The Sex Addiction-Induced Trauma Model (SAITM) (Minwalla, O., 2011) is a clinical model which articulates the medical mandate of treating all behaviors that are “out of control” and harmful to others, not just sexual acting out behaviors. Abusive behaviors such as chronic patterns of lying to an intimate partner, creating a lack of relational safety in a family, exposing children to severe trauma via the mother-child bond and her victimization, chronic patterns of martial rape of a wife, just as a few examples, all require clinical treatment. According to the SA-Induced Trauma Model, sex addiction-compulsivity disorders are defined as, “a complex system of sexual, personality, and masculinity pathology, which may include the maintenance of a deceptive, compartmentalized sexual-relational reality, sexual-relational acting out behaviors, and other patterns of perpetration, abuse and violation that causes serious PTSD and C-PTSD (SAIT) in victims, all which requires a clinical management and treatment paradigm (SAITM)” (Minwalla, O., 2011).
Perpetration requires treatment and appropriate clinical intervention, not defensive denial, silence and professional avoidance. Serious harm and violation of others and human rights requires an organized clinical method and direct clinical management, not undefined, underdeveloped or squeamish clinical approaches. After all and in fact, it is often these dynamics of sex addiction-induced perpetrations (SAIP) that often “induced trauma” and does more human damage, and accrues more human cost, then sexual acting out behaviors alone ever possibly could.
American Psychological Association (2007). Guidelines for Psychological Practice with Girls and Women. American Psychologist, 26(9), 949-979.
Carnes, P., (1991). Don’t Call It Love: Recovering from Sexual Addiction. New York, NY: Bantum Books.
Carnes, P. (2001). Out of the Shadows: Understanding Sexual Addiction. Center City, MN: Hazelden.
Coleman, E., (1990). The obsessive-compulsive model for describing compulsive sexual behavior. American Journal of Preventive Psychiatry and Neurology, 2, 9-14.
Coleman, E., (2011) Chapter 28. Impulsive/compulsive sexual behavior: Assessment and treatment. In Grant, Jon E., Potenza, Marc N., The Oxford Handbook of Impulse Control disorders. New York: Oxford University Press., p 375.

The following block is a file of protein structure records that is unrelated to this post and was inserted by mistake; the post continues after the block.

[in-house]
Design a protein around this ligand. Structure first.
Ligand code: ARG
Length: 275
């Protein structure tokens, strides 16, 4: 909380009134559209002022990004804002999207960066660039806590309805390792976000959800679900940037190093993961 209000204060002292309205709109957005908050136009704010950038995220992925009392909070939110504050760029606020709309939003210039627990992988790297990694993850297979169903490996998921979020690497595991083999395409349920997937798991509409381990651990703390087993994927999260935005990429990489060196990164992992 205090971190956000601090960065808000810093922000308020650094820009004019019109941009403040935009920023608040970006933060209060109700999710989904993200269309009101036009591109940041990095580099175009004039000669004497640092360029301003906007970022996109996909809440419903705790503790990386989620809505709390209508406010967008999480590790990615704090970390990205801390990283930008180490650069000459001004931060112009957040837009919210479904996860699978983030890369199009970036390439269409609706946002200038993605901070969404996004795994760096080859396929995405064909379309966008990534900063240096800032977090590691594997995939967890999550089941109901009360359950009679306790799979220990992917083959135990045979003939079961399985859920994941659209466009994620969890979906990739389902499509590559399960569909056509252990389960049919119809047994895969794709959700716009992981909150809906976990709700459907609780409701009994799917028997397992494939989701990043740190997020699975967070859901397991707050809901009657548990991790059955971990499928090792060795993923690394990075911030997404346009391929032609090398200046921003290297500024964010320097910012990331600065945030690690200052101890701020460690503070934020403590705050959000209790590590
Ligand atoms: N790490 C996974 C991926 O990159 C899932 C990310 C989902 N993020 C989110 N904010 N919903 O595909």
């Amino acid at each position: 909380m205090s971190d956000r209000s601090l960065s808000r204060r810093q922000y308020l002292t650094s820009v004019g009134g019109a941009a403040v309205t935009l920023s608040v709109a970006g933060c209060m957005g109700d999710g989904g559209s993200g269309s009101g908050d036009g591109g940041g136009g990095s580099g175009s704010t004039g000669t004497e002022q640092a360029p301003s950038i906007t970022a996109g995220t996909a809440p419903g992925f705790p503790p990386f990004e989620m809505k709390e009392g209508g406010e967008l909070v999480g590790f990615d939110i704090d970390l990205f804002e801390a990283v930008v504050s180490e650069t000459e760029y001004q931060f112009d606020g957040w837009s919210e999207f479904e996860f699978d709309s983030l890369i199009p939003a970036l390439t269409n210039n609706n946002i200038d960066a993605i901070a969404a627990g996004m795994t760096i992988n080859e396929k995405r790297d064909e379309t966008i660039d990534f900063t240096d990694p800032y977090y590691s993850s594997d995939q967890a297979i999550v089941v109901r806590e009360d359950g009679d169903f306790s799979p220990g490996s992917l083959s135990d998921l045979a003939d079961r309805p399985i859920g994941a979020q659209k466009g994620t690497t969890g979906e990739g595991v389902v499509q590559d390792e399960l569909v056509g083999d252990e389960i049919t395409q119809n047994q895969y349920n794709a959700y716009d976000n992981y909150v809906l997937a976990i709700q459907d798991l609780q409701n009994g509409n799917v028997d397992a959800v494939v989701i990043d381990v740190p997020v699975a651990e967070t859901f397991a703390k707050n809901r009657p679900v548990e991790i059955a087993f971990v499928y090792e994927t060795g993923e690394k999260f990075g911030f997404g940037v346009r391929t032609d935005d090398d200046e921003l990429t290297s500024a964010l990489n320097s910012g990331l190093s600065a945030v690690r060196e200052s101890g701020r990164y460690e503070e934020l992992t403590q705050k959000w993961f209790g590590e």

Herman, J. (1997). Trauma and Recovery: The Aftermath of Violence – from Domestic Abuse to Political Terror (2nd ed.). New York, NY: Basic Books.
Intimate Partner Abuse and Relationship Violence Working Group, Funded by the Committee on Divisions/APA Relations (2001). Intimate Partner Abuse and Relationship Violence. Retrieved from http://www.apa.org/about/division/activities/partner-abuse.pdf
Jason, S. & Minwalla, O. (2008, September). Sexual Trauma Model: Partner’s Reaction, Addict’s Reaction. Presented at the national conference of The Society for the Advancement of Sexual Health (SASH), (APA Accredited Presentation); Boston, Massachusetts.
Minwalla, O. (2011, September). A New Generation of Sex Addiction Treatment: The Sex Addiction-Induced Trauma Model for the Treatment of Sex Addicts, Partners, and the Couple. Presented at the national conference of The Society for the Advancement of Sexual Health (SASH), (APA Accredited Presentation); San Diego, California.
Minwalla, O. (2012, July, 23). Partners of Sex Addicts Need Treatment for Trauma. The National Psychologist. http://nationalpsychologist.com/2012/07/partners-of-sex-addicts-need-treatment-for-trauma
Minwalla, O. (2012, September, 12). The “Co-Sex Addict” Paradigm: A Model of Diagnostic Mislabeling that Perpetuates Gender-Based Violence and the Oppression of Women. Presented at the National Conference for The Society for the Advancement of Sexual Health (SASH) (APA Accredited Presentation); San Antonio, Texas.
Steffens, B. & Means, M. (2009). Your Sexually Addicted Spouse: How Partners Can Cope and Heal. Far Hills, NJ: New Horizon Press.
For more about SAIP and Dr. Minwalla go to http://theinstituteforsexualhealth.com/
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Last reviewed: 3 Mar 2014